General practitioner obstetrics in the Northern region in 1983.Br Med J (Clin Res Ed) 1985; 290 doi: https://doi.org/10.1136/bmj.290.6472.901 (Published 23 March 1985) Cite this as: Br Med J (Clin Res Ed) 1985;290:901
- G N Marsh,
- H A Cashman,
- I T Russell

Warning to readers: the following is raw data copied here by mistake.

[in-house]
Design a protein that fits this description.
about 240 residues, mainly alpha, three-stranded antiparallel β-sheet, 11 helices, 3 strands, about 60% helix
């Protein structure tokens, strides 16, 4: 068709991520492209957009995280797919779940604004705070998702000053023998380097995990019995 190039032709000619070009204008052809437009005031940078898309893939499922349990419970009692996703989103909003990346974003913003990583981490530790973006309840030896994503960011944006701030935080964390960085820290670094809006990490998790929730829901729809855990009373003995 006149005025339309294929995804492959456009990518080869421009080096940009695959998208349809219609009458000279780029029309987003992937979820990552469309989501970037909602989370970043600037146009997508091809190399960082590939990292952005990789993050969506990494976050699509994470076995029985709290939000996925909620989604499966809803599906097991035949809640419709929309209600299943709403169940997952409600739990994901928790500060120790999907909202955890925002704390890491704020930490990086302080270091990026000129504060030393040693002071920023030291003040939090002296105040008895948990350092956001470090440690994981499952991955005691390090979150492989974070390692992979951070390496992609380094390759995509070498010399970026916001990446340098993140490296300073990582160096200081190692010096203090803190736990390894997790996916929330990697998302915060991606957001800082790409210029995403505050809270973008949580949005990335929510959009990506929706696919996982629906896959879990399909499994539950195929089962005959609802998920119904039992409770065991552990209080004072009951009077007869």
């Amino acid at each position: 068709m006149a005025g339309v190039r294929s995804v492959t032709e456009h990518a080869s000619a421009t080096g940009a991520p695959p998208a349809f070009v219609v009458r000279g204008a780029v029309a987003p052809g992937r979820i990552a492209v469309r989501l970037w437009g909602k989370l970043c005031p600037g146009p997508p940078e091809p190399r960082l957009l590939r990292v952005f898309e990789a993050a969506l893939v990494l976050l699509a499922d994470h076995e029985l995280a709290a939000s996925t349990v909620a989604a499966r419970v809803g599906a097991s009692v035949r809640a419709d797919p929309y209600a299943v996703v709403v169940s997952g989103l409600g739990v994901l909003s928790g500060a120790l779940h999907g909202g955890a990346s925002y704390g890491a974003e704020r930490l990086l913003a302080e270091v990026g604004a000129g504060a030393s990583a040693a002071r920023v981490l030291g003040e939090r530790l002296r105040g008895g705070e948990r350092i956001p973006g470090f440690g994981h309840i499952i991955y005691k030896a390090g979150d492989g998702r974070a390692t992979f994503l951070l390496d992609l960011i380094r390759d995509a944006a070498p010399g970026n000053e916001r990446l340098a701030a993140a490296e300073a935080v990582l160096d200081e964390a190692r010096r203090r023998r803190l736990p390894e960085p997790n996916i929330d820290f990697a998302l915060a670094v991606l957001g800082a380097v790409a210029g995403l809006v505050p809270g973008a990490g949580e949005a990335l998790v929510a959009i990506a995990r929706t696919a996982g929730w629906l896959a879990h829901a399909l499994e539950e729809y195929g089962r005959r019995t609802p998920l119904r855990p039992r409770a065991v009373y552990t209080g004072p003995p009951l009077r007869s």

In late 1983 a four page questionnaire on general practitioner obstetrics was sent to a 50% random sample of general practitioners in the Northern region of England; 84% responded. Half of them said that they had access to general practitioner facilities for delivery, and half of these used them. A quarter of all respondents had provided intranatal care previously but had given it up, most of them during the late 1970s. Younger general practitioners were more highly qualified in obstetrics than older ones but did not do more intranatal work. Isolated general practitioner maternity units were much more likely to be used than those that were alongside consultant units or integrated with them. Ninety per cent of respondents provided antenatal care, 77% of these at special clinics and 88% with midwives in attendance. Teamwork, however, was not well developed. Increasing general practitioner participation in obstetric care seems feasible but depends heavily on more appropriate training and intranatal facilities being provided for general practitioners in association with specialist units.